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 Post subject: VILOCO by-pass and relief valves
PostPosted: Sat Jul 12, 2014 10:40 am 

Joined: Mon Oct 22, 2012 12:27 pm
Posts: 33
Hi all,

I am looking for some information. A client of mine has me machining cylinders for his Erie K-5 Pacific model in 1 1/2" scale. These locomotives had what looks like the VILOCO cylinder bypass and relief valves.

Does anybody know if there are any drawings available that I can copy? The 1947 Locomotive Cyclopedia has their ad on page 599.

Thanks!

Andy Pullen


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 Post subject: Re: VILOCO by-pass and relief valves
PostPosted: Sun Sep 29, 2019 9:44 pm 

Joined: Thu May 24, 2012 1:37 pm
Posts: 1265
This is very late, but since you appear to have received no information, it may be useful.

Reading T1 2100 has a complete (if apparently slightly modified) installation of a form of VILOCO relief device, from which you could make measured drawings or (presumably) perform a teardown to inspect the internal parts and dimensions.

I suspect these may have been made in one size, with the bypass pipe being the only component (possibly) needing to be changed to conform to the stroke.

Note that the original form is "Whelan" bypass valves (as famously applied to the Milwaukee F6 locomotives) and in that form were described explicitly as 'bypass and relief' valves (having separate poppet valves for each function) -- the original patent is here:

https://patents.google.com/patent/US1353296A/en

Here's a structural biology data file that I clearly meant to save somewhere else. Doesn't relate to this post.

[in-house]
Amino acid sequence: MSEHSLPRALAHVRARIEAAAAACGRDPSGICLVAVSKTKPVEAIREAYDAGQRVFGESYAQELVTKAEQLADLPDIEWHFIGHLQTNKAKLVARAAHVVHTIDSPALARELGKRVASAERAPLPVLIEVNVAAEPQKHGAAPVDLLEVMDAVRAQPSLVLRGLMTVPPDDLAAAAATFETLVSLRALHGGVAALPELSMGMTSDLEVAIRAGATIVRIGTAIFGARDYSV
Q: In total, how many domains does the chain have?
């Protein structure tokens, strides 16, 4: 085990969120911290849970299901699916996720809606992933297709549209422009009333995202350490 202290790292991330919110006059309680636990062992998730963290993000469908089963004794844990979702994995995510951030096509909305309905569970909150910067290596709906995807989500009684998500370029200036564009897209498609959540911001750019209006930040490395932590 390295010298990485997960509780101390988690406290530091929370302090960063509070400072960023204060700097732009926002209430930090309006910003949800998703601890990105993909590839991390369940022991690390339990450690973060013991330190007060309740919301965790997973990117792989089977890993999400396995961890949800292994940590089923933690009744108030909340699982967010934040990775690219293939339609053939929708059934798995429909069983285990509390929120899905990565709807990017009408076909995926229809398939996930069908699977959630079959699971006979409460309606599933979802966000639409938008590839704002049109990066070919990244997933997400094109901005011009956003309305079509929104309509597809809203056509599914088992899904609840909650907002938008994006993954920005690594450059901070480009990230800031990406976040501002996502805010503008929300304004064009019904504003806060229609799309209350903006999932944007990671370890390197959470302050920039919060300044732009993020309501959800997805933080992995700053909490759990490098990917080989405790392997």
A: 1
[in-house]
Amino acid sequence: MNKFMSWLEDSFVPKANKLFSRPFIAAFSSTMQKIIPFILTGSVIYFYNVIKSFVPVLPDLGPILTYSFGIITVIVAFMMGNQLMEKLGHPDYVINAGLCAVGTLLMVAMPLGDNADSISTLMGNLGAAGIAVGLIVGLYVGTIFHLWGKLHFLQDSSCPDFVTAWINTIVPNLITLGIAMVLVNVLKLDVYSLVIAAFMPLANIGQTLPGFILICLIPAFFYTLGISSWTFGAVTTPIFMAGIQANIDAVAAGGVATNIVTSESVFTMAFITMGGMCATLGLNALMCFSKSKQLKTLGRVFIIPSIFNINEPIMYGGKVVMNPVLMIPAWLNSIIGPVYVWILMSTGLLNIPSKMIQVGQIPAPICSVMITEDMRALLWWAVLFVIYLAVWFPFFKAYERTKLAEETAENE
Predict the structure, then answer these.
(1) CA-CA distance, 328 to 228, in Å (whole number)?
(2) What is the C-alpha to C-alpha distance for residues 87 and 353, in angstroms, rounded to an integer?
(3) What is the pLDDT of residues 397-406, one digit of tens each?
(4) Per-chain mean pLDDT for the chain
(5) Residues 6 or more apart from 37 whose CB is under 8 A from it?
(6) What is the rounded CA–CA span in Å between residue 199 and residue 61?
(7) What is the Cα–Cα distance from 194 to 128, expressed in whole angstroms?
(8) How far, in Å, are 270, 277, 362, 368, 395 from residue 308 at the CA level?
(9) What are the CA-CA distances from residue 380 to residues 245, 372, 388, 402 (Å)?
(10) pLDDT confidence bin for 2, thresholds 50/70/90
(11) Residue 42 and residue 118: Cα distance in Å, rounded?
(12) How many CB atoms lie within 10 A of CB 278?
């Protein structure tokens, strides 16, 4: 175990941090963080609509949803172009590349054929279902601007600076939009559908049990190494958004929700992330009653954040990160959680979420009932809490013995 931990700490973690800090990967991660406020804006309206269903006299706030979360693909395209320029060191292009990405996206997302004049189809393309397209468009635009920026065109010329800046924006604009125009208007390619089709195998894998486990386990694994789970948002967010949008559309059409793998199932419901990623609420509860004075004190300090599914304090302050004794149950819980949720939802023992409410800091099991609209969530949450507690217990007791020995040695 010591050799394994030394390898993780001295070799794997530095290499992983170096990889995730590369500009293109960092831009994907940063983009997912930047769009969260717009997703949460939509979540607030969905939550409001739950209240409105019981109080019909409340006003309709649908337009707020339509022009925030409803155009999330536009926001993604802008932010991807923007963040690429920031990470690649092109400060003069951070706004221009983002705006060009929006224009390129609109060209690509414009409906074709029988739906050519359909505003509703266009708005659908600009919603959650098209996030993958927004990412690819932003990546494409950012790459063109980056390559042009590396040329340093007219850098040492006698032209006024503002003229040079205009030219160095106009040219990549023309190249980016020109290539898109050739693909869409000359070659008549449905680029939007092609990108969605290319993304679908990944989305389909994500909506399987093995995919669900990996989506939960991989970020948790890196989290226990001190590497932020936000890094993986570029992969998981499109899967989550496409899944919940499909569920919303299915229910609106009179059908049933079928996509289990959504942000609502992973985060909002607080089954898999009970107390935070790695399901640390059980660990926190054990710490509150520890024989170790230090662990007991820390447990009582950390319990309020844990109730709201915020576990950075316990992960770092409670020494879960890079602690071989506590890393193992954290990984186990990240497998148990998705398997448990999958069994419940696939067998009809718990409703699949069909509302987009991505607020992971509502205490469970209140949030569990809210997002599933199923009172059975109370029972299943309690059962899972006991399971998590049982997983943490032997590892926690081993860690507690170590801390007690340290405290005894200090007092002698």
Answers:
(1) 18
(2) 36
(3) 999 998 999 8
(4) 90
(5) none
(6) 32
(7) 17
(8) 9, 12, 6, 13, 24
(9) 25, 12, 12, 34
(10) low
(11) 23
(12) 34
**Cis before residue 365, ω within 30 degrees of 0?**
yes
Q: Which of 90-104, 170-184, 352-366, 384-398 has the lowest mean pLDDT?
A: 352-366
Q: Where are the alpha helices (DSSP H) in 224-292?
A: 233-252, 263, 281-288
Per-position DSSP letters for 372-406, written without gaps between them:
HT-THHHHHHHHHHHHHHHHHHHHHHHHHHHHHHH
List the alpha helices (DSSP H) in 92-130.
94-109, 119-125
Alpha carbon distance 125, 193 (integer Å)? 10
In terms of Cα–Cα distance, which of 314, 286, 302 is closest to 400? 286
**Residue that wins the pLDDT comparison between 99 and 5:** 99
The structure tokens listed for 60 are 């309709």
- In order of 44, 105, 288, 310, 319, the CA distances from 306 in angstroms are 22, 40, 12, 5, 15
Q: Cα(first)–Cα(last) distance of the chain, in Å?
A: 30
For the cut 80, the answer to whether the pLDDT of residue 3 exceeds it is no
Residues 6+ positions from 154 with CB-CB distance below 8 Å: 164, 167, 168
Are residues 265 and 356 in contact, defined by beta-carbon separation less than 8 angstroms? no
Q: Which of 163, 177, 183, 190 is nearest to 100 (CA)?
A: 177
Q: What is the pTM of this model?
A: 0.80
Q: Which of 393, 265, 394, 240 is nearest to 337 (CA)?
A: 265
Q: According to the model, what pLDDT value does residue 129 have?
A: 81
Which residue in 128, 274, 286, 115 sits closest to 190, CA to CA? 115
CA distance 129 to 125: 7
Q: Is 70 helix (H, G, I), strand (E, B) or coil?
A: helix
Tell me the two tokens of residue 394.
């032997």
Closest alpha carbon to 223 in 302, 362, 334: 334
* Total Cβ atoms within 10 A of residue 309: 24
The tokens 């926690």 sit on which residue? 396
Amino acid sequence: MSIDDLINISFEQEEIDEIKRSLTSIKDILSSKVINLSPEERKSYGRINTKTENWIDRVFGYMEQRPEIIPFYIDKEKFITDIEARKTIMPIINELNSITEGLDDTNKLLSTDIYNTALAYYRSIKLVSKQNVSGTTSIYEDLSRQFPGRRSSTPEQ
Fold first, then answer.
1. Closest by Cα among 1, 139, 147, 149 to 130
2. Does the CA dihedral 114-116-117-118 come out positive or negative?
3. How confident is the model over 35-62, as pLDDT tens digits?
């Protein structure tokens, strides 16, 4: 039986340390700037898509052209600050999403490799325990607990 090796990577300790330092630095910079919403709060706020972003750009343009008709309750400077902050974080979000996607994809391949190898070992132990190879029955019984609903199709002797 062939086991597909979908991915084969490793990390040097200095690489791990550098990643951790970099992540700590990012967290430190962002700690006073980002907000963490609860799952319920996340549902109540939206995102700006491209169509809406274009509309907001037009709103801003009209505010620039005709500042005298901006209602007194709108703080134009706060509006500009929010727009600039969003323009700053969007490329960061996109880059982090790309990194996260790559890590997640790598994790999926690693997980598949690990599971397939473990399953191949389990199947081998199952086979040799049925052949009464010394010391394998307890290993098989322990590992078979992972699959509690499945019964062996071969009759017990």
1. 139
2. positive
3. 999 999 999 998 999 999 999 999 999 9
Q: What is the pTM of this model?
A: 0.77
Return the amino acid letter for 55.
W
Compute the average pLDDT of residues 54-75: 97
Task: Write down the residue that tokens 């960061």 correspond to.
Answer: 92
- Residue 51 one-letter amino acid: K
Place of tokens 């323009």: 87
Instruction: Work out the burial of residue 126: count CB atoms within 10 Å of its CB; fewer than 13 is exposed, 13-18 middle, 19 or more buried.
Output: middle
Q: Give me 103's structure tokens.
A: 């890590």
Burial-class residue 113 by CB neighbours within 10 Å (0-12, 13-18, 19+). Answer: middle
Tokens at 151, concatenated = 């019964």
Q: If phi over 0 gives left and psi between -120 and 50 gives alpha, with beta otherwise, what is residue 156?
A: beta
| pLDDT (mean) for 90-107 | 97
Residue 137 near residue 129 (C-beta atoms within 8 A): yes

and there are cross-sections and a couple of drawings here for an early (1923) version:

https://books.google.com/books?id=VPzmAAAAMAAJ&pg=PA300&dq=whelan+bypass+valve&hl=en&sa=X&ved=2ahUKEwjn7ci0tvfkAhUNna0KHYQPBukQ6AEwAnoECAAQAg#v=onepage&q=whelan%20bypass%20valve&f=false

Interestingly, I can find no patent for the different arrangement applied to the Reading T1s -- it is not cited as a precedent in a later bypass arrangement (Kelly's) submitted a year later than the construction date of the locomotives and granted in 1950.

The bypass pipes on 2100, and perhaps on other T1s, have been modified (or perhaps were made) with a 'plurality' of small holes, which essentially spoil potential use of the device as a Wagner-type air-excluding bypass. This may have been done due to excess residual or compression pressure; I suspect this is a 'known' issue in the history of these locomotives but I have never seen it carefully documented.

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